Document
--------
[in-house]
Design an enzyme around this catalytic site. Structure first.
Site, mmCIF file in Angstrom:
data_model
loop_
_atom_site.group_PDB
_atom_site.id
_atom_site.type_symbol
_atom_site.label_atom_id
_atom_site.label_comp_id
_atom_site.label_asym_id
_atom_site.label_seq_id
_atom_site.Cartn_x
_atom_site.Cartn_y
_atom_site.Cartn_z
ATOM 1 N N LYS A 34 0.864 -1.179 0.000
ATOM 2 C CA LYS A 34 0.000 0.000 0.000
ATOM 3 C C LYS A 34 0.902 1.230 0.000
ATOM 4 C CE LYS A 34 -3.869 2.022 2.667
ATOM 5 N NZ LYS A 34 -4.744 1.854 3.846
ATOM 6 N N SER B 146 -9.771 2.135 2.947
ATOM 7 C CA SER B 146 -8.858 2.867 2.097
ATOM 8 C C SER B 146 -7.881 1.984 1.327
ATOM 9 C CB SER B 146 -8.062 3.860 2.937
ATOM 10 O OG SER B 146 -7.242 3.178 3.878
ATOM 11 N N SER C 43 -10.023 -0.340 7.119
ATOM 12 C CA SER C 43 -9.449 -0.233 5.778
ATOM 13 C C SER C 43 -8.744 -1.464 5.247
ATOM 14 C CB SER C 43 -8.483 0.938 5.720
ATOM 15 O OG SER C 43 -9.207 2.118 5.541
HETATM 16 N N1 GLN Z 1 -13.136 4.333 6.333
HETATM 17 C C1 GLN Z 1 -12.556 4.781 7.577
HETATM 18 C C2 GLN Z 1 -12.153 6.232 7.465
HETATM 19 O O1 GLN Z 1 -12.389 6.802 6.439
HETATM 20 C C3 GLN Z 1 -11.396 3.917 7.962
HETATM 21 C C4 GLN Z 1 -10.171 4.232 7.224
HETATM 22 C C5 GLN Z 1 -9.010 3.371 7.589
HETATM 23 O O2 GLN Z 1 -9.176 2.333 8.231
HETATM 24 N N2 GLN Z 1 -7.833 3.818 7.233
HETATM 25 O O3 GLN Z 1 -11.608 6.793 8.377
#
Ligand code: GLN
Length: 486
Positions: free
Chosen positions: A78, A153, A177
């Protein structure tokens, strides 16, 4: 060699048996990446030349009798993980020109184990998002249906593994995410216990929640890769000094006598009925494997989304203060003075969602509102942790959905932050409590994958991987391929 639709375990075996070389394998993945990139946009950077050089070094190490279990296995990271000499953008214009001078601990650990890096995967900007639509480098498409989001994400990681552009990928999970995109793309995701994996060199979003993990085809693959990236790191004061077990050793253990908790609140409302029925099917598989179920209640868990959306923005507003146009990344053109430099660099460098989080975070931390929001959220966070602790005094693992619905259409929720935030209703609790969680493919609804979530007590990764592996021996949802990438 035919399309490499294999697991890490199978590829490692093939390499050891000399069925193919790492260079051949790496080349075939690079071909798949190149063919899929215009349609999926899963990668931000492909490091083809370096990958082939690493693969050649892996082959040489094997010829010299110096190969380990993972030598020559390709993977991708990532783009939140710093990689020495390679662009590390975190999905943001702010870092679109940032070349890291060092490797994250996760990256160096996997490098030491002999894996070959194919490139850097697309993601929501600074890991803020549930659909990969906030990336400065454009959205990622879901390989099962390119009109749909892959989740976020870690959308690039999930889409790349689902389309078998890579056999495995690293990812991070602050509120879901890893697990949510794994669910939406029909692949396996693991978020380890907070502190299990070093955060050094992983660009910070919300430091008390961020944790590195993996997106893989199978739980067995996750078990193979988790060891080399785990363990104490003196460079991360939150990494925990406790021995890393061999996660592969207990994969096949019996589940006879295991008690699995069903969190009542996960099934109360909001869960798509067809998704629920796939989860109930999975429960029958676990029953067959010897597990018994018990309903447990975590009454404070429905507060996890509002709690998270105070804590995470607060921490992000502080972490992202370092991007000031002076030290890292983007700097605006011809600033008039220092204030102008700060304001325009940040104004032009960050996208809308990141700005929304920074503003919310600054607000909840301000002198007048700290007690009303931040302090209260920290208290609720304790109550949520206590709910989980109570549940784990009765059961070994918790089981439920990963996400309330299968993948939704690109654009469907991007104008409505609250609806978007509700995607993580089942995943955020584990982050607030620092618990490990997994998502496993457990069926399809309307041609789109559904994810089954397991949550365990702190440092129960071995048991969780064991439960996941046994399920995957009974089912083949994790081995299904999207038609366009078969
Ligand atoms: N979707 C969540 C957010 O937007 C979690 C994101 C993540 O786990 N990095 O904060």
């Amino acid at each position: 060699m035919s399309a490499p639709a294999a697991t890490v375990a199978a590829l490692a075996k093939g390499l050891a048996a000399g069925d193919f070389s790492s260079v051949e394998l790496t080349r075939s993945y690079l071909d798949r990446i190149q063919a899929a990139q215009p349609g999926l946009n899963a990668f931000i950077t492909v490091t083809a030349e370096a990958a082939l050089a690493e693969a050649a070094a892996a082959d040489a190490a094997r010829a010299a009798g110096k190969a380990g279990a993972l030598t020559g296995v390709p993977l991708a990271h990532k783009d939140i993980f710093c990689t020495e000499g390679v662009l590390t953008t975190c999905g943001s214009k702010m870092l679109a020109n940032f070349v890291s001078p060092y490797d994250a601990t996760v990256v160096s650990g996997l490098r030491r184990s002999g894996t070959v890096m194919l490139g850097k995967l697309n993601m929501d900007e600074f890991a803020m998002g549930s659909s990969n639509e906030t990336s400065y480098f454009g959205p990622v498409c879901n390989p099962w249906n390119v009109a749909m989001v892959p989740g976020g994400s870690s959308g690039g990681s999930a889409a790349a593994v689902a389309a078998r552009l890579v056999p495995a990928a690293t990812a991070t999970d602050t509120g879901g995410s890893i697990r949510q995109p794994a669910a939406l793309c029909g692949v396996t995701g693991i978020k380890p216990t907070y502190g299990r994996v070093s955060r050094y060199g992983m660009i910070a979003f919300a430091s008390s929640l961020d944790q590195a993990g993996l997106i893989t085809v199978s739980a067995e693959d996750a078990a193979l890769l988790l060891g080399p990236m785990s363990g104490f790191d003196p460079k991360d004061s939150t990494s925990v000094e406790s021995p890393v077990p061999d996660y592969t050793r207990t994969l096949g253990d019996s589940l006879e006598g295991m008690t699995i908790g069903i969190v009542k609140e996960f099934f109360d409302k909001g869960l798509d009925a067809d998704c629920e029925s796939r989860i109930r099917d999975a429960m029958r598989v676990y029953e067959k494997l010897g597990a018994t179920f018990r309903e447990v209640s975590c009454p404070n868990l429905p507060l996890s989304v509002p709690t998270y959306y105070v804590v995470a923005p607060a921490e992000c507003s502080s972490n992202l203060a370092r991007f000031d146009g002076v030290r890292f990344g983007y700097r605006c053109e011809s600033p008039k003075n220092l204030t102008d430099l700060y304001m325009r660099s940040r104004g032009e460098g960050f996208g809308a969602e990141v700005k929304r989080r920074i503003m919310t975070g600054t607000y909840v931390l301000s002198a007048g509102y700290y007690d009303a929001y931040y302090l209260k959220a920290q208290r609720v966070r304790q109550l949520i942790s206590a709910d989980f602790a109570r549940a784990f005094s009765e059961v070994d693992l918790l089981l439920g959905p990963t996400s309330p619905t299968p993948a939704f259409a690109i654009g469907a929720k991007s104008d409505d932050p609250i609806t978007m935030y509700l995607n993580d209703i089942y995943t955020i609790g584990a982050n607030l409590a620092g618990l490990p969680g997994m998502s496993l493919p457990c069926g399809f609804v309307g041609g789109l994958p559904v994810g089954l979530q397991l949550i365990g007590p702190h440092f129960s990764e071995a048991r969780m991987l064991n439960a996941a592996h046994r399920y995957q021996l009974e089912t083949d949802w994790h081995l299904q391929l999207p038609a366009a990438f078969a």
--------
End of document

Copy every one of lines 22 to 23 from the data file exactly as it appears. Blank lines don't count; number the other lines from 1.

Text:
ATOM 7 C CA SER B 146 -8.858 2.867 2.097
ATOM 8 C C SER B 146 -7.881 1.984 1.327